This morning’s overflight revealed a weak to moderately active pond of lava bubbling within the fissure 8 cone, but no visible supply of lava from fissure 8 into the channel. The perched channel and braided sections downstream were essentially crusted over with some incandescence noted. Active flow in the channel was observed immeidately west Kapoho Crater. Click to enlarge. PC: USGS

HVO continues to monitor Kilauea for signs of reactivation of activity. Several overflights are scheduled throughout the day to visually monitor the volcano.

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Motorists on Highway 11 between the 28 and 32 mile marker are advised to stay on the pavement, be alert for changing roadway conditions, and drive with caution. Motorcyclists and bicyclists should proceed with extreme caution.

The following guidelines remain in effect:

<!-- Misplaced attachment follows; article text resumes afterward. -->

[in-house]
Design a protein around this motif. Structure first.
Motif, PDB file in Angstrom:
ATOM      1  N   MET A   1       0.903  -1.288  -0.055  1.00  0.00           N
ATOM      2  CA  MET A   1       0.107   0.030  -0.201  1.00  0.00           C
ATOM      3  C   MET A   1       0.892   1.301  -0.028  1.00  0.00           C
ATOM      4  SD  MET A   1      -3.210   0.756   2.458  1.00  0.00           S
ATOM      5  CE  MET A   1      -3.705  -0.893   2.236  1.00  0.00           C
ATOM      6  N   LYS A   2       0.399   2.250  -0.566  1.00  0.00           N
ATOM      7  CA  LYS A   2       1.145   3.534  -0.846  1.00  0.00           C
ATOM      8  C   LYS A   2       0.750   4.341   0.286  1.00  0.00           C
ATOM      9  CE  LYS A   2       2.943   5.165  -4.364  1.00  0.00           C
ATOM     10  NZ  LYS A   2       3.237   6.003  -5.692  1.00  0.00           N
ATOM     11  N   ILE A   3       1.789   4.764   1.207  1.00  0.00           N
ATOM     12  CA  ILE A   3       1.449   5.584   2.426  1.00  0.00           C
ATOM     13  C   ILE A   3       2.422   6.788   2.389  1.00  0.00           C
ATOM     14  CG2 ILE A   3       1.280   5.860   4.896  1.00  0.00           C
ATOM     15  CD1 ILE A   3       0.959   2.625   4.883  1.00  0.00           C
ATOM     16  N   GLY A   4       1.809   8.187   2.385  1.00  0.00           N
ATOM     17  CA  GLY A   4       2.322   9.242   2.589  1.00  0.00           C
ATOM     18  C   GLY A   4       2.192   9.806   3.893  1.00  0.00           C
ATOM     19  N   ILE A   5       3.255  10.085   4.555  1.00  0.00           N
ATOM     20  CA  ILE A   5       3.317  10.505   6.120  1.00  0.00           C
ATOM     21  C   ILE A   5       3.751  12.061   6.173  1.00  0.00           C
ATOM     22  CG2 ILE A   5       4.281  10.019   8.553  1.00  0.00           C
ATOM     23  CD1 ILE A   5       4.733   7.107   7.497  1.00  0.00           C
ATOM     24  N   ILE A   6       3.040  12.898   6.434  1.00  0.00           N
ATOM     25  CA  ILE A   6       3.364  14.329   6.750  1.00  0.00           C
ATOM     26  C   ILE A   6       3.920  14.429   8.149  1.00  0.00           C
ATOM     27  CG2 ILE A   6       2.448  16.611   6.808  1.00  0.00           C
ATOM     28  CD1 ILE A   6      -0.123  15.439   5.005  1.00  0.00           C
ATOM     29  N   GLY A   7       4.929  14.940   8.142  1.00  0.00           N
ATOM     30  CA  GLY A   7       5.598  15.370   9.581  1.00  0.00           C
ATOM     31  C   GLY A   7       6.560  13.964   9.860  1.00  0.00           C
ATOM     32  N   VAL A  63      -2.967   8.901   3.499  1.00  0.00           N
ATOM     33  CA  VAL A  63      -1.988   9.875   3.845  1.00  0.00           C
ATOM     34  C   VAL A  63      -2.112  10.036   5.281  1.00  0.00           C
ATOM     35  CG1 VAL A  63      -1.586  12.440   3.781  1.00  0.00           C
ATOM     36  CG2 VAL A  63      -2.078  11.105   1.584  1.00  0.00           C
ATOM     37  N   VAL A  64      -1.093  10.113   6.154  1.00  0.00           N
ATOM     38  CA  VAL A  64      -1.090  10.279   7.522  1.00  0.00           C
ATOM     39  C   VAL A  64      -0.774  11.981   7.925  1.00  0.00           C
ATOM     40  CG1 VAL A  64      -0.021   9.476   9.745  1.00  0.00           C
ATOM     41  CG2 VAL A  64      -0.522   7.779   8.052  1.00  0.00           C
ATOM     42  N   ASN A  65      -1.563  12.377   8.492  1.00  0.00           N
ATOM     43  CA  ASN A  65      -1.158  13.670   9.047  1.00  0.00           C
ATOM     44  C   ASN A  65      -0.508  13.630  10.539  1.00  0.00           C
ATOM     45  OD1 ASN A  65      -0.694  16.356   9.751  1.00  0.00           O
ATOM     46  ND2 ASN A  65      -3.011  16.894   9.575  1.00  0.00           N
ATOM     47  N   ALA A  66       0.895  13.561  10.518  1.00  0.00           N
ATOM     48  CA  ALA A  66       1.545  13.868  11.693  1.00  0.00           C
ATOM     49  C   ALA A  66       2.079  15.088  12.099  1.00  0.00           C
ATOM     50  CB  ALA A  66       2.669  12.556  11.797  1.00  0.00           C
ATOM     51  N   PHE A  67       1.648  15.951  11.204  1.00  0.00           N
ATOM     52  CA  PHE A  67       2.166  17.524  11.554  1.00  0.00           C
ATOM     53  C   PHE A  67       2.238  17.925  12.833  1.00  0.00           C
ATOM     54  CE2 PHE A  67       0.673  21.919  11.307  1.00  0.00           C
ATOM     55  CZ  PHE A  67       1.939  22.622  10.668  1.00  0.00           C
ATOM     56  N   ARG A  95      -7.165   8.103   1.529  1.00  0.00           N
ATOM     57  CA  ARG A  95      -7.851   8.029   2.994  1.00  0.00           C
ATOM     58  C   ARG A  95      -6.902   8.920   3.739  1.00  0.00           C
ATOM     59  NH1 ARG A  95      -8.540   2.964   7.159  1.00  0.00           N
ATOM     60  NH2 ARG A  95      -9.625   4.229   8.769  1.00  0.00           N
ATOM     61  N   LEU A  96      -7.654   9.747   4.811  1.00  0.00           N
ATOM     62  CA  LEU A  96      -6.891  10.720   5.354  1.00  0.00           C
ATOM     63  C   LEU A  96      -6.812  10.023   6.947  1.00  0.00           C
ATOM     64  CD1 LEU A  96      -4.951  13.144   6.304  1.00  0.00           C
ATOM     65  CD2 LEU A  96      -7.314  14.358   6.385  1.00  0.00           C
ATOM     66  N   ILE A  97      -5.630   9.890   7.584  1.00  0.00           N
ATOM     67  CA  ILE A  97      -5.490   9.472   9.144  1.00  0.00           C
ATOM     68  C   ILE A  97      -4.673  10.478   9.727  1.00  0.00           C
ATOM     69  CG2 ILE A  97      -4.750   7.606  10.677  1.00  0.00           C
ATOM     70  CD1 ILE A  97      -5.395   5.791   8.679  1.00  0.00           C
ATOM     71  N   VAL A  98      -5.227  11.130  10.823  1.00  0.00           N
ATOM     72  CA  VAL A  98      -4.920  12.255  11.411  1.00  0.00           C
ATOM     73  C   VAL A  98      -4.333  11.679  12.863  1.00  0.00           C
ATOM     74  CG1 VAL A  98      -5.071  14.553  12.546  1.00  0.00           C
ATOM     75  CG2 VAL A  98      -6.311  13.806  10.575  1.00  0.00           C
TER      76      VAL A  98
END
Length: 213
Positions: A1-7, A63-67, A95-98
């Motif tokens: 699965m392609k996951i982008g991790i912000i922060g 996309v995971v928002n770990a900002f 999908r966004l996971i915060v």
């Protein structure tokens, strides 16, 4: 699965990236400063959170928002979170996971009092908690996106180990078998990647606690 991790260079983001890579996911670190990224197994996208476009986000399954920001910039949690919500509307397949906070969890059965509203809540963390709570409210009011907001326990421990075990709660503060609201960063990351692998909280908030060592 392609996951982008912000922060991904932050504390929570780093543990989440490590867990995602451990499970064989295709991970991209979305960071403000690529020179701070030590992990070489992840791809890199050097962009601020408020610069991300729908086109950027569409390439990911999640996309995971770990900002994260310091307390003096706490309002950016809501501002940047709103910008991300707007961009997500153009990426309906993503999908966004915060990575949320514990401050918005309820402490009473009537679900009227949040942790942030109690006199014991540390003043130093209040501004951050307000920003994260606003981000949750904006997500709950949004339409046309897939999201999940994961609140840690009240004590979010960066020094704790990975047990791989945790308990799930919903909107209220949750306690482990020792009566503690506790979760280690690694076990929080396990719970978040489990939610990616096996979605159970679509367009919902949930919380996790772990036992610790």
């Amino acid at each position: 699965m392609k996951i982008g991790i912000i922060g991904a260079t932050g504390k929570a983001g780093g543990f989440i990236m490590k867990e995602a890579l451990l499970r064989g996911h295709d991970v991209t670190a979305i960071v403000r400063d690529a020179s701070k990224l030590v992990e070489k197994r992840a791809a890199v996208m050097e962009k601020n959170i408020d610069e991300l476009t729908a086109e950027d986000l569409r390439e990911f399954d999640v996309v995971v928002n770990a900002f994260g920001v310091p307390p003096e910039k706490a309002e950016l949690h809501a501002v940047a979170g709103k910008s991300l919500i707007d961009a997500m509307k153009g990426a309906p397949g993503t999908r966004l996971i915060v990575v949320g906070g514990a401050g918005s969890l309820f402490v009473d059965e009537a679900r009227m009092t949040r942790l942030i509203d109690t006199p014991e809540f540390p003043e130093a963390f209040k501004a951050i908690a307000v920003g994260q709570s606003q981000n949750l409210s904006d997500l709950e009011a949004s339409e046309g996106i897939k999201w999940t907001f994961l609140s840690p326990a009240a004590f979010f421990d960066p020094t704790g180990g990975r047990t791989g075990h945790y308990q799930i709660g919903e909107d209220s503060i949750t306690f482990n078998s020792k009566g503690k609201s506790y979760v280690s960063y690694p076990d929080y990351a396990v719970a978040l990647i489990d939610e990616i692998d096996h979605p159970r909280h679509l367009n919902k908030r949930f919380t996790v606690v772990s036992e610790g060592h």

• Do not access the flow field due to extreme hazard. Lava eruption could resume at any time.

Monday, Aug. 6, 2018, 3 p.m.: Bubbling Lava Lake Within Fissure 8 Cone

Looking more directly into the fissure 8 vent this morning, the inner walls of the cone and lava surface could be seen. The level of lava within the vent and spillway (left) were down compared to yesterday. A dark crust, which forms as the lava surface cools, had formed on the lava with the spillway. Click to enlarge. PC: USGS

In a Monday, Aug. 6, 2018, conference call held with U.S. Geological Survey, it was asked if scientist were expecting lava to rise back up inside the crater at the summit.

USGS Scientist in Charge, Tina Neal, explained that it was a possible outcome but there was an “open pipe” going down the rift zone and they can’t discount the fact that lava could return to the summit.

Kīlauea Volcano Lower East Rift Zone